Angie Brown is also a former headteacher who understands the power of coaching first hand.  She wrote in her application of her experience of working ‘with a wonderful leadership coach who had experience in education leadership and it changed everything’. She now focuses much of her work on supporting women and marginalised colleagues in the workplace, including BAME leaders. She reflects on her ‘somewhat fierce engagement with the relationship between professional wellbeing and the opportunities to engage in professional learning and receive support’. Angie has created a unique approach ‘of encouraging and enabling collaborative conversations which create powerful professional learning I have been curating a body of work within Nourished Collective’. As a previous participant in one of these I can testify to their value.  As Angie writes, ‘these community projects give women an opportunity to talk about their roles and their and although they don’t necessarily talk specifically to professional development, they offer an alternative lens through which many of the participants have really grown’. 

Our last two new Fellows have both completed Masters’ degrees which gave them fresh opportunities to focus on mentoring and coaching. Jodie Lomax drew on her passion for ‘the power of mentoring and coaching’ when deciding on her research focus. She recognises ‘that education is constantly evolving and changing’ which she believes presents ‘enormous opportunity to coach or mentor teachers and school leaders through the complexities of these changes’. As the research lead in her school Jodie is using her own and others’ research as an evidence base to support better mentoring practice and hope to make a critical difference to success and retention in early career teachers and also to ‘raise the profile of mentoring and coaching alike’. 

Charis Hart states that as a senior mentor, working with Early Career Teachers ‘saw on a daily basis the importance of collaboration and empowerment in helping to support the professional development and wellbeing of all teachers’. She also acknowledged ‘the impact of a lack of status and recognition for mentors on both mentors and ECTs’  It was this realisation that led her to undertake a Masters because she ‘wanted to be in a position to better support both mentors and ECTs through engaging with research and being part of a community of enquiring minds’. A really significant part of the impact of this was what Charis describes as having ‘re-discovered myself as a co-learner with my ECT colleagues and viewed every mistake and experimental approach as a learning experience’. This also led her to ‘examine my own positioning as a mentor and put ECTs at the heart of our mentoring programme so that we created a more developmental approach’.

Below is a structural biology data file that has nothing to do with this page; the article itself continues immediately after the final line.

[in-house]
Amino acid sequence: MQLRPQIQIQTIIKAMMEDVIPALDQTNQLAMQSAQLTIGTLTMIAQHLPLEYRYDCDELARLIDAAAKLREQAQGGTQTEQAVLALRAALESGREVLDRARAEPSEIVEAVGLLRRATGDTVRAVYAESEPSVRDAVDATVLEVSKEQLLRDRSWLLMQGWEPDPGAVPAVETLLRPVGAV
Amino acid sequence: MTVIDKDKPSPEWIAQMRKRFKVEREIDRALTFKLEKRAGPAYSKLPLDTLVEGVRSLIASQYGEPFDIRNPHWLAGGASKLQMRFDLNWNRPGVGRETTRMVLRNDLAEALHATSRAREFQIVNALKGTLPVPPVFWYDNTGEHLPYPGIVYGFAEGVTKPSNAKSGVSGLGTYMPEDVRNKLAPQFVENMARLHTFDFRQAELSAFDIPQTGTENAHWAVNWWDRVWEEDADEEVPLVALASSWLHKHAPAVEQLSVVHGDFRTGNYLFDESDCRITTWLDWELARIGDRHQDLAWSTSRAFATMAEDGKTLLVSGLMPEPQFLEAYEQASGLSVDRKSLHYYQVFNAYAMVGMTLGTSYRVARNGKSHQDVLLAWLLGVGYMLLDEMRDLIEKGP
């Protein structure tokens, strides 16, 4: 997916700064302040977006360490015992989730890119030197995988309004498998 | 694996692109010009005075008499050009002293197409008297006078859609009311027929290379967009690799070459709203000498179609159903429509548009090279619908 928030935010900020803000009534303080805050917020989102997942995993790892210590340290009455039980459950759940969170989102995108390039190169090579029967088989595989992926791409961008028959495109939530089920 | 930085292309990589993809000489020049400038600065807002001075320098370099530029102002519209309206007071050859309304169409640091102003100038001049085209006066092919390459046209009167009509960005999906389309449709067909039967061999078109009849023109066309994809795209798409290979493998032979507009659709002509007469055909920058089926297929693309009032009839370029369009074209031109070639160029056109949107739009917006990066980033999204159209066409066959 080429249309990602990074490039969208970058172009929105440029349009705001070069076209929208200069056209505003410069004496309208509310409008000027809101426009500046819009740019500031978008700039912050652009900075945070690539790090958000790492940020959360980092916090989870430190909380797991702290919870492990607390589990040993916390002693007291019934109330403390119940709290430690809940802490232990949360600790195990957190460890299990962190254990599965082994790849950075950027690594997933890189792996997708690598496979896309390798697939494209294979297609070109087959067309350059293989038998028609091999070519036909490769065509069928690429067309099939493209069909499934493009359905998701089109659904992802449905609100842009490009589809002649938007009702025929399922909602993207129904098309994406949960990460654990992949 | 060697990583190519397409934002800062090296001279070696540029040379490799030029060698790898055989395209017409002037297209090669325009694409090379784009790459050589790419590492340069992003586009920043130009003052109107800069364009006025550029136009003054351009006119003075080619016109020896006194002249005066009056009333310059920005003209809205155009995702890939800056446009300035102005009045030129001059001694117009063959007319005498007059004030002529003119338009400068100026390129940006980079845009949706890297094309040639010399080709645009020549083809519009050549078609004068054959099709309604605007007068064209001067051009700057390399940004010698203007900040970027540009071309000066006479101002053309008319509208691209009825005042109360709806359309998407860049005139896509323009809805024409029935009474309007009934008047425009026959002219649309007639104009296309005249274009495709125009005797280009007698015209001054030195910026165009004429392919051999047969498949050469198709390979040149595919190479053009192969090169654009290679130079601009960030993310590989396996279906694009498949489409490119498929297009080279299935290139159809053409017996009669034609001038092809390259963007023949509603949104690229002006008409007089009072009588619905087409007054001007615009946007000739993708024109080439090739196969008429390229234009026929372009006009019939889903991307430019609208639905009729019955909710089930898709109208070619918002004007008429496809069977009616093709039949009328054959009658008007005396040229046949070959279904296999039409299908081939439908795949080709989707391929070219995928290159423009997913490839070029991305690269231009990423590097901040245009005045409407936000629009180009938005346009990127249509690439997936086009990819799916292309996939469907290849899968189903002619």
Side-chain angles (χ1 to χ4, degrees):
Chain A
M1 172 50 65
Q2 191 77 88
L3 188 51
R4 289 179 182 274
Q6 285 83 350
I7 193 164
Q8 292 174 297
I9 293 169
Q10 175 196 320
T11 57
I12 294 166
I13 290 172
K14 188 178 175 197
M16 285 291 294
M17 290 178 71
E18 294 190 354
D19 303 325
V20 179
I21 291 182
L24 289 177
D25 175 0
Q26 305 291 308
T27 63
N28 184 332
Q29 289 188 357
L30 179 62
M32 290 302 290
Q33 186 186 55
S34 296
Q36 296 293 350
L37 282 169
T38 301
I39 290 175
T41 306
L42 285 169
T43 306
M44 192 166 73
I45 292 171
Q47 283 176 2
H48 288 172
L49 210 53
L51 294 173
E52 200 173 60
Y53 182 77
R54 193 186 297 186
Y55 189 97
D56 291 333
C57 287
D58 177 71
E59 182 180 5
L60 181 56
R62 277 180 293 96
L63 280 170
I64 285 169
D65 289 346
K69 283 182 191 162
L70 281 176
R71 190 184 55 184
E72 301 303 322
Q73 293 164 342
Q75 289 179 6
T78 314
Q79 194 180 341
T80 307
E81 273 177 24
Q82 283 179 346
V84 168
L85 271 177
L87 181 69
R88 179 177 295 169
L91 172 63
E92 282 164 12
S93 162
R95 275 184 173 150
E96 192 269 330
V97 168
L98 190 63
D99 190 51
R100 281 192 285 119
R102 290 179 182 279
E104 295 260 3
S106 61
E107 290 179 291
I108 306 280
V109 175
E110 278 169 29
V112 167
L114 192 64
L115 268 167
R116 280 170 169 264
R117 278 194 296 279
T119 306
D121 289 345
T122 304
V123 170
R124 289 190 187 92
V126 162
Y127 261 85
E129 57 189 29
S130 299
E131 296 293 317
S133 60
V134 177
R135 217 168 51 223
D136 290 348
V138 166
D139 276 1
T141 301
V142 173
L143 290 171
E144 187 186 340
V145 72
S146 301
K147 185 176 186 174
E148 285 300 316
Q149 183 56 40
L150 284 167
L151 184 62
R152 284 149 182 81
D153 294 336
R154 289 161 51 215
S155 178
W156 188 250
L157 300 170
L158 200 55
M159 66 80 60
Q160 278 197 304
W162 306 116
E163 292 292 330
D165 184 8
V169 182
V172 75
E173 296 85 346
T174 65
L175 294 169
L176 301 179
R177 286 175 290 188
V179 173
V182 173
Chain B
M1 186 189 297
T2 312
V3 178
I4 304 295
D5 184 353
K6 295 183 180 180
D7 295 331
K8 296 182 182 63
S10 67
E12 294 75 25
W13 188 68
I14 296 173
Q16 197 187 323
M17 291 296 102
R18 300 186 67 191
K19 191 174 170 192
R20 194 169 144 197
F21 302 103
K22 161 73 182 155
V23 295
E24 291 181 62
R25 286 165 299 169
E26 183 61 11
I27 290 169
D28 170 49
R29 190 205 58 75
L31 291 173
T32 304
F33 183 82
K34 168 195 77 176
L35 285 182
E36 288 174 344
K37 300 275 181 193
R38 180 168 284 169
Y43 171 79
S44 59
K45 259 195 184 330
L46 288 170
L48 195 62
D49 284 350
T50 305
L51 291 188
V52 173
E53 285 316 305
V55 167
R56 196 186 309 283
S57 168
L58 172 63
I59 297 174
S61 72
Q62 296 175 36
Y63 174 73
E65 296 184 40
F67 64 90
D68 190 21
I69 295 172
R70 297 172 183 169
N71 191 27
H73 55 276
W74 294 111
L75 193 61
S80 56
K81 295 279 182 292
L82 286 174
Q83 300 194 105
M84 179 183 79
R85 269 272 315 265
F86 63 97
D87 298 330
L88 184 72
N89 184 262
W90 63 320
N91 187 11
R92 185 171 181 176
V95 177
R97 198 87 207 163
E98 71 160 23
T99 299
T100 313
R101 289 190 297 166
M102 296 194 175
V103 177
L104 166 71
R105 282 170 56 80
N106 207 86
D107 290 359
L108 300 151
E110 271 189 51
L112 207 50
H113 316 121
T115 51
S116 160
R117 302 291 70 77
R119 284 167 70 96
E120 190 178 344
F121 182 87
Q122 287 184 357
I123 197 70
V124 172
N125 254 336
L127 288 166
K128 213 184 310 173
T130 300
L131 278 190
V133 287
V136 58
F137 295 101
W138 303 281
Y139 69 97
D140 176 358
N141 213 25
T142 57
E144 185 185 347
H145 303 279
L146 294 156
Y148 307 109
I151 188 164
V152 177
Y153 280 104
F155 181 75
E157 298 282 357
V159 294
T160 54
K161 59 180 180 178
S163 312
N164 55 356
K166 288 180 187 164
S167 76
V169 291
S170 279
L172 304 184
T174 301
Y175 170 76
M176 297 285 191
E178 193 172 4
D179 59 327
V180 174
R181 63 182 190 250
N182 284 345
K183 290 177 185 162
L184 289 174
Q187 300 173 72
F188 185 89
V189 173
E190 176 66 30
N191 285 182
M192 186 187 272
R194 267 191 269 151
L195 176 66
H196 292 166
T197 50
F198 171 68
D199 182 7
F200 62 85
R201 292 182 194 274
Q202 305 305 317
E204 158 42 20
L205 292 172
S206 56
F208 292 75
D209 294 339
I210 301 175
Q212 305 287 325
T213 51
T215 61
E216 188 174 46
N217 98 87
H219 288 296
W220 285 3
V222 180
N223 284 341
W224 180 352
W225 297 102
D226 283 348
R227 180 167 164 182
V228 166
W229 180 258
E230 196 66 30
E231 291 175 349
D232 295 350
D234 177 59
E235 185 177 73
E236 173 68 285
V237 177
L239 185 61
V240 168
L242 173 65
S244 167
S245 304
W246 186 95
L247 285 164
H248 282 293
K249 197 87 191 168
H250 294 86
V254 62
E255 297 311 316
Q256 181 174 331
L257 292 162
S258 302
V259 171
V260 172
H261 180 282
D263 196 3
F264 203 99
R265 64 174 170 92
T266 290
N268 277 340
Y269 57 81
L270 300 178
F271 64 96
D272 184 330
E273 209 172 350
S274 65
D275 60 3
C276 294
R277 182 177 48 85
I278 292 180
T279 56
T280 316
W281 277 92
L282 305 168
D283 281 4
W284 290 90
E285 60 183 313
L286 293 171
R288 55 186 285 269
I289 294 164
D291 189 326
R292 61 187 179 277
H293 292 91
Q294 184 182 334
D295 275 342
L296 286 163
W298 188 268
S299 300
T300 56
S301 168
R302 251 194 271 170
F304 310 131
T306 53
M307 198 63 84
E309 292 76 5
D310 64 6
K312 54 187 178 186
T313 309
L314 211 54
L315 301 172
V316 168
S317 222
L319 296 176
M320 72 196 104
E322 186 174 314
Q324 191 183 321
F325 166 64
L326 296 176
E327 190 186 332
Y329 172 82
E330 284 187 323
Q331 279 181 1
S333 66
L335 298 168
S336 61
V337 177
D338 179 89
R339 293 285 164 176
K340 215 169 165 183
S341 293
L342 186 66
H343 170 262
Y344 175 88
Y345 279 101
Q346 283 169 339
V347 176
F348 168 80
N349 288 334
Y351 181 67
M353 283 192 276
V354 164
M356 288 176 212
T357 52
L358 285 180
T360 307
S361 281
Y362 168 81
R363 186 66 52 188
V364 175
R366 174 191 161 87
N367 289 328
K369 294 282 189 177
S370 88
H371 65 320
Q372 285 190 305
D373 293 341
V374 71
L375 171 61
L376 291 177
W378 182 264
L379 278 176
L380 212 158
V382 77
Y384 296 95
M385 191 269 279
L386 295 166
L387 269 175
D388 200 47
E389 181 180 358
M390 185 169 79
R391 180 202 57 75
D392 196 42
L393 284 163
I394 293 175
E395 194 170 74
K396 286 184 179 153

All of our new CollectivED Fellows are engaging as reflective practitioners; and in their own contexts and with their specific skills are part of an essential ecology of support for others in the education landscape. Their fresh thinking, informed by their experience and research, is just what we need. You can find out more about our Fellows through the twitter hashtag #CollectivEdFellows or by following @CollectivEDFel1. We will work to support the Fellowship community to sustain positive impacts on the lives of educators and outcomes for learners and we will invite Fellows to be proactive in developing approaches to this.  You can read more about the work of our new CollectivED Fellows through the working papers that they have contributed to following the hyperlinks below. You can find out more about becoming a CollectivED Fellow at our website.

Jasen Booton  @JasenBooton  CollectivED Issue 11
Angie Brown  @nourishedcollective  CollectivED Issue 11
Charis Hart  CollectivED Issue 11
Jodie Lomax  @researchleadjo  CollectivED Issue 11
Cath Proffitt  @ProffittCath   CollectivED Issue 11
Julia Skinner  @theheadsoffice  CollectivED Issue 11

You can read about other CollectivED Fellows in earlier blog posts.

Professor Rachel Lofthouse

Professor / Carnegie School Of Education

Rachel Lofthouse is Professor of Teacher Education in the Carnegie School of Education. She has a specific research interest in professional learning, exploring how teachers learn and how they can be supported to put that learning into practice.